By Staff Columnist Holly Rapp
For most of my years as a runner, I avoided races and group runs because I was afraid of being last. As someone who isn’t even remotely competitive, these concerns made little sense. And looking back now, worrying about being last appears silly and wholly insignificant. But it took a considerable amount of time to develop this perspective, and even longer to figure out the real reasons behind my apprehensions. So here are some thoughts on being last from someone who has frequently occupied that position.
To be clear: this isn’t a triumphant narrative in which I found out I am really fast and never actually finished last. Rather, this is a story of how I started running with others, finished last more times than I can count, and found out being last isn’t really that terrible. The experience of finishing last so frequently caused me to change completely my perspective on the significance of last place.
It’s a rather long story, so here are the most important points: being last only matters if you decide it matters, it’s not as bad as you think it is, and it can teach you a lot about patience, perseverance, and persistence. If fear of being last is stopping you from taking on a race or other running experience, I hope this piece might encourage you to reframe your thinking on what it really means to be last.
Let me start with the setting. Shortly after moving to Denver, I saw a sign for a nearby park. My husband and I soon found ourselves at the Bluffs Regional Park, a beautiful trail near our home.
Upon entering the Bluffs, this lifelong Midwestern girl was startled to see what appeared to be a mountain. When I saw a path winding up to the top of the alleged mountain (it’s actually only a tiny hill), I asked incredulously if we were going up there. My husband, a Colorado native, chuckled and started leading me up the first of many hills. At some point, as I was walking up one of the seemingly endless climbs, a runner flew by me. I stopped dead in my tracks and stared for a moment before saying something elegant like “Who the hell can run here?!?”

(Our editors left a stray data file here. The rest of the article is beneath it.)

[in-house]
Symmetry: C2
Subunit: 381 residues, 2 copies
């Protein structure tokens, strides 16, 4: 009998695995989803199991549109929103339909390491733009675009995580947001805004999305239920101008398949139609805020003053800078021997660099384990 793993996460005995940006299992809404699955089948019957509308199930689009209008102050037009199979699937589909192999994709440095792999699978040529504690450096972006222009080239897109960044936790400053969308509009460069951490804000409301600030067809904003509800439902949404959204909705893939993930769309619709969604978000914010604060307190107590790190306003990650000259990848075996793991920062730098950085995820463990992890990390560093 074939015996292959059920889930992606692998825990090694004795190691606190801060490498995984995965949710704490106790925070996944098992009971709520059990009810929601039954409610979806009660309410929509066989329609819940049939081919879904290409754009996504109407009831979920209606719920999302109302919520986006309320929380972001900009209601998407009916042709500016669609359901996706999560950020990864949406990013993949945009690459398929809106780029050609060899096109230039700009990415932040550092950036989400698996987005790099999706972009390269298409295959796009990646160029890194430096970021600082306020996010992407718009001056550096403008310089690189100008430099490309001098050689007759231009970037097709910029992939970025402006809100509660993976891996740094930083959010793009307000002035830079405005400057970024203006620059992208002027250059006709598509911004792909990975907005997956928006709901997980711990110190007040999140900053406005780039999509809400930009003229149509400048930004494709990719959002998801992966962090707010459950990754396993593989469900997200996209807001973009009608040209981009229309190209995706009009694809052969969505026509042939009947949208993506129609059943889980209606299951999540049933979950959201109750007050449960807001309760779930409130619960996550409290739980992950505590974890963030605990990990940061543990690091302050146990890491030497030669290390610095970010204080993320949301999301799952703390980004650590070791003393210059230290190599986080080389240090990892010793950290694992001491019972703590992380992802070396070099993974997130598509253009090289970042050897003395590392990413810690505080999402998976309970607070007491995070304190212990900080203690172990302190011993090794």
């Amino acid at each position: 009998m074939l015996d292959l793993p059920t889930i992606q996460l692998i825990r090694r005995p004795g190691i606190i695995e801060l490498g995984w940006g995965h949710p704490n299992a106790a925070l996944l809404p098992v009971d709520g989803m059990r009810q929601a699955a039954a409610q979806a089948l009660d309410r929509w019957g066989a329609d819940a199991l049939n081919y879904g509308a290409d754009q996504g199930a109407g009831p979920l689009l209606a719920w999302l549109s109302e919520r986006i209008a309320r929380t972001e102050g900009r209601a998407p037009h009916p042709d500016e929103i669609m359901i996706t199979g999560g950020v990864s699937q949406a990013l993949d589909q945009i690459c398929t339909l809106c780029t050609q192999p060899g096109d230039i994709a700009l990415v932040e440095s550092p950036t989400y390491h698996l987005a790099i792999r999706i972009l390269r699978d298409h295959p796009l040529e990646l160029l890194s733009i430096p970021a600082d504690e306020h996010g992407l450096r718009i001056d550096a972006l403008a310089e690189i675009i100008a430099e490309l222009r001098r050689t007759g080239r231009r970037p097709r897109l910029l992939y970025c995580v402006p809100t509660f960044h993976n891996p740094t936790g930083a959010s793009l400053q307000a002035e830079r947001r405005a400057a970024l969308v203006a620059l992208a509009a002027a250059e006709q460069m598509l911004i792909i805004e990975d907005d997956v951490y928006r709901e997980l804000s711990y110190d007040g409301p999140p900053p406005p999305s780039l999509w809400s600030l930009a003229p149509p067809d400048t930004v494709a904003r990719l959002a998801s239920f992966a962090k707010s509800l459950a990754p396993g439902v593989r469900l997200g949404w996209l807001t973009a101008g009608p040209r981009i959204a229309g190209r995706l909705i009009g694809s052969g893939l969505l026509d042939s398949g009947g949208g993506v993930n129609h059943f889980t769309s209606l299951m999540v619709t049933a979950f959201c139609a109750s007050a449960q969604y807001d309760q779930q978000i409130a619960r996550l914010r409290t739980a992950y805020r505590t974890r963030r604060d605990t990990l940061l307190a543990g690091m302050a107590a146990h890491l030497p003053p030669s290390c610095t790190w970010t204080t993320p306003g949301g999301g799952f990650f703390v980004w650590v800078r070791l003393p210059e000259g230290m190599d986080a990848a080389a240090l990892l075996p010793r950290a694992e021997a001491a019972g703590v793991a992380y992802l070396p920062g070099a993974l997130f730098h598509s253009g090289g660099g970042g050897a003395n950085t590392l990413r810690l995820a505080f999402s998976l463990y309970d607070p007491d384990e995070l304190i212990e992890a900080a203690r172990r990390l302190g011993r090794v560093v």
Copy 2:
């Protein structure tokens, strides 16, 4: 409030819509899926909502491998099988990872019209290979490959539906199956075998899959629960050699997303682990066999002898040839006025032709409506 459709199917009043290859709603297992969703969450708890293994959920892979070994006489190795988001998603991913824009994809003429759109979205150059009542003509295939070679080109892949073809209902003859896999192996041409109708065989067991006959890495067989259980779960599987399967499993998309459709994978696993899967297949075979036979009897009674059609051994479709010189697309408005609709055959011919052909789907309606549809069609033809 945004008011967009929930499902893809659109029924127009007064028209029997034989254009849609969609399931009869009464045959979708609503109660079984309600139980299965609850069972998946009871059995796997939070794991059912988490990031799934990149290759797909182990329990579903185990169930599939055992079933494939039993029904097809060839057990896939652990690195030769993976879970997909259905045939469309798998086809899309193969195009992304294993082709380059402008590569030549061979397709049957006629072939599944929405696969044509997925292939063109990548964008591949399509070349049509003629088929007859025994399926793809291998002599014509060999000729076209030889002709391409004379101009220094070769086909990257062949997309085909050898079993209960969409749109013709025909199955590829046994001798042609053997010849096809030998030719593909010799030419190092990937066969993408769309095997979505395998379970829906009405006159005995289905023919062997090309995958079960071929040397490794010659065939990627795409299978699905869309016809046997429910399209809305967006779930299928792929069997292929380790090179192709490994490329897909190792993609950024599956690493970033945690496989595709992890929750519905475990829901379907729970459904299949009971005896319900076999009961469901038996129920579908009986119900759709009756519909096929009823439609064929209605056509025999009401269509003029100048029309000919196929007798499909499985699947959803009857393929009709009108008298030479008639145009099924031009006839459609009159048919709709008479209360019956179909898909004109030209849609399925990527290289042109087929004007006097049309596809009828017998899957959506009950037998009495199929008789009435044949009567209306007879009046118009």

Several months later, I was intensely lonely and struggling to find my place in Colorado, an area so radically different than the small-town Midwest I knew. Throughout this difficult period, the one thing I held onto was running. I had never lived in a place with so many trails and I spent my days exploring my new surroundings. I was, however, adjusting quite poorly to the altitude and hilly terrain. As a result, I sought out only the flattest routes, avoiding fastidiously even the slightest of inclines. My pace remained glacial at best.
One day while buying shoes at a local running store, I saw a sign for a running group. In a very out-of- character move, I inquired about the group. In particular, I asked if runners of the advertised “all paces” actually attended. Though the friendly store associate assured me there would be runners of all abilities, I had the distinct feeling I would be the slowest.
Several weeks later, I finally worked up the courage to attend. From the moment I walked into the store, I felt I had made a terrible mistake. There were only a few other runners, all of whom looked extremely fit and fast. It only got better when they explained cheerfully that we would be running the Bluffs – the infamous “mountain” from my early Denver hike.
It was too late to back out so I slowly walked out the door and wondered how exactly one goes about running up a hill. The other runners were gone so quickly I couldn’t see them within moments of leaving the store. My curiosity about hills was quickly sated when I reached the first climb and made it ten steps before slowing abruptly to a walk. It turns out hills hurt. Right after I learned I couldn’t run uphill, I found out I couldn’t run downhill, either.